A poll released Wednesday by the online pollster YouGov has found that a plurality of the American public, as well as a majority of Democrats, support limiting the First Amendment to allow a ban on hate speech.
The poll, conducted from May 8-11, asked respondents whether they would support a law criminalizing “public comments intended to stir up hatred against a group based on such things as their race, gender, religion, ethnic origin, or sexual orientation.” Overall, 41 percent of Americans supported such a laws, while only 38 percent were opposed (22 percent were unsure).
Among those supporting a ban on hate speech were 51 percent of Democrats, as well as 37 percent of Republicans. The higher figure for Democrats was driven in large part by the attitudes of black and Hispanic respondents. Sixty-two percent of blacks favored a ban on hate speech, as did 50 percent of Hispanics. In contrast, only 36 percent of whites wanted a ban.
YouGov found other significant demographic divides among respondents. Those age 69 or older were the most supportive of a hate speech ban, but they were followed by those aged 18-29, while those of intermediate age were more protective of free speech. Women and those earning under $40,000 a year were also more willing to ban hate speech.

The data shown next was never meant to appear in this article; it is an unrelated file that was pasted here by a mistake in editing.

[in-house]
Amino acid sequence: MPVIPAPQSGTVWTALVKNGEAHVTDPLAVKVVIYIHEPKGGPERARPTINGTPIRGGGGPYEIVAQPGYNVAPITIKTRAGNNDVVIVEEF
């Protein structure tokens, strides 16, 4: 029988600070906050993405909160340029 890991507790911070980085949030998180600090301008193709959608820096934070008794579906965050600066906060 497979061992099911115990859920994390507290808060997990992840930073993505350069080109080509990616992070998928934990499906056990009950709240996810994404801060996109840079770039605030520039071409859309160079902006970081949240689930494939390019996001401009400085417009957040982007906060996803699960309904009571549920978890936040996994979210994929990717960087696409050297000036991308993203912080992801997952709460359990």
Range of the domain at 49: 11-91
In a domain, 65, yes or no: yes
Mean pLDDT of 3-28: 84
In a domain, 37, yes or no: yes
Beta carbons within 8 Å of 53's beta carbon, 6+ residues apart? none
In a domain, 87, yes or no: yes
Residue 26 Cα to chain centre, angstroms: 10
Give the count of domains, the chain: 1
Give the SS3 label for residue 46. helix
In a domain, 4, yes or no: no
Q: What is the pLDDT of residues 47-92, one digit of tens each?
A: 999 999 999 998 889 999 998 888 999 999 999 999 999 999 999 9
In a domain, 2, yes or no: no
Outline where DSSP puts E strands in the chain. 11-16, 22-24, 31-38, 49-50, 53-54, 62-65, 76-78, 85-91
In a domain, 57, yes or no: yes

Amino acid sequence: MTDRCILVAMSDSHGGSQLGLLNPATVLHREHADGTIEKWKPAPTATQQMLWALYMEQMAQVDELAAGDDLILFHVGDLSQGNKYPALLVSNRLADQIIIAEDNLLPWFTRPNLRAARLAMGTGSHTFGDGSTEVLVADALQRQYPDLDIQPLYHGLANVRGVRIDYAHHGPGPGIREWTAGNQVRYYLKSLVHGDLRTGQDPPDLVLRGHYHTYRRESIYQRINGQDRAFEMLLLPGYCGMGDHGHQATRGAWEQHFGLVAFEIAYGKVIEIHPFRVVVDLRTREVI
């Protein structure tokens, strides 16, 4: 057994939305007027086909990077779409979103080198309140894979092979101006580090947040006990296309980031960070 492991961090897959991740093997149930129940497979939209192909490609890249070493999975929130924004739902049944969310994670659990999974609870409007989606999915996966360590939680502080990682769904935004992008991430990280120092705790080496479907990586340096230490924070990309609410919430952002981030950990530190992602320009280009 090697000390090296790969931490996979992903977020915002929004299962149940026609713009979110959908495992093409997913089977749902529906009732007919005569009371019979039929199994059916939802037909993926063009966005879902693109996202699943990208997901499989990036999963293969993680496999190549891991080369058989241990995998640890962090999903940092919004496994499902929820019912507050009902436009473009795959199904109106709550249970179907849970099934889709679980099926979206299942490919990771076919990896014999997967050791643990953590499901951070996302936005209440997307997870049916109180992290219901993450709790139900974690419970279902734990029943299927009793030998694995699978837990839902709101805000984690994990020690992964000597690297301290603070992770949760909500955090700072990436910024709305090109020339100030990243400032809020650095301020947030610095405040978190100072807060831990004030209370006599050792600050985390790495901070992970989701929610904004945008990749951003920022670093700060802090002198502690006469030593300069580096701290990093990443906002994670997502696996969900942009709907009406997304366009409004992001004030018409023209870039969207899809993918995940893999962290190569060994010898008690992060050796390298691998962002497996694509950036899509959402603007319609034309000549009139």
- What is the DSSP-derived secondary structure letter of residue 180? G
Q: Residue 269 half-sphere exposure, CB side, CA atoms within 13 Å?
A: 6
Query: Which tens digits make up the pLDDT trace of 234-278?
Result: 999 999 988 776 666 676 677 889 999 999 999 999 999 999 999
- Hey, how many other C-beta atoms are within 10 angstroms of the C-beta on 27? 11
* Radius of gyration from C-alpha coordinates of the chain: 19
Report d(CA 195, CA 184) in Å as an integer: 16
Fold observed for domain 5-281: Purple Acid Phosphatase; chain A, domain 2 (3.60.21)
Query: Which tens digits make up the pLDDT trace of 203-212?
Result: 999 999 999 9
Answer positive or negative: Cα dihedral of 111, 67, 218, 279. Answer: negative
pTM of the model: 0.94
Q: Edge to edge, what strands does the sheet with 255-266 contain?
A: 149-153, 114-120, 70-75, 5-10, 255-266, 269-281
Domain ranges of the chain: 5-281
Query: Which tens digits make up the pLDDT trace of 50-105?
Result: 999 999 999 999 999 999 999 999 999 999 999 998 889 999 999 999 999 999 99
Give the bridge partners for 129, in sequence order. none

A ban on hate speech, if it passes, would utterly violate the First Amendment as it is currently interpreted by U.S. courts. The Supreme Court has, among other things, upheld the legality of cross-burning and affirmed the right of the Westboro Baptist Church to picket funerals and other events with hateful signs. Even hate speech calling for violence is protected in U.S. law, as long as the advocacy is general rather than promoting immediate and specific action.
However, the U.S. is relatively exceptional even among democracies in its near-total lack of restrictions on offensive speech. YouGov’s write-up of the poll noted that in the United Kingdom, columnist Katie Hopkins has faced a police investigation for a column she wrote referring to African migrants to Europe as “cockroaches.” Comments of that nature may run afoul of British law prohibiting the incitement of “racial hatred.”
The poll also asked people for their views on other hate-related legislation. Overall, 56 percent of respondents endorsed the federal hate crime law requiring increased penalties for crimes motivated by hatred against a particular race, ethnic group, religion, or gender, and 51 percent favored a 2009 expansion of that law that added sexual orientation and gender identity as protected categories.
The poll was conducted with 1000 respondents and had a margin of error of plus or minus 3.9 percentage points.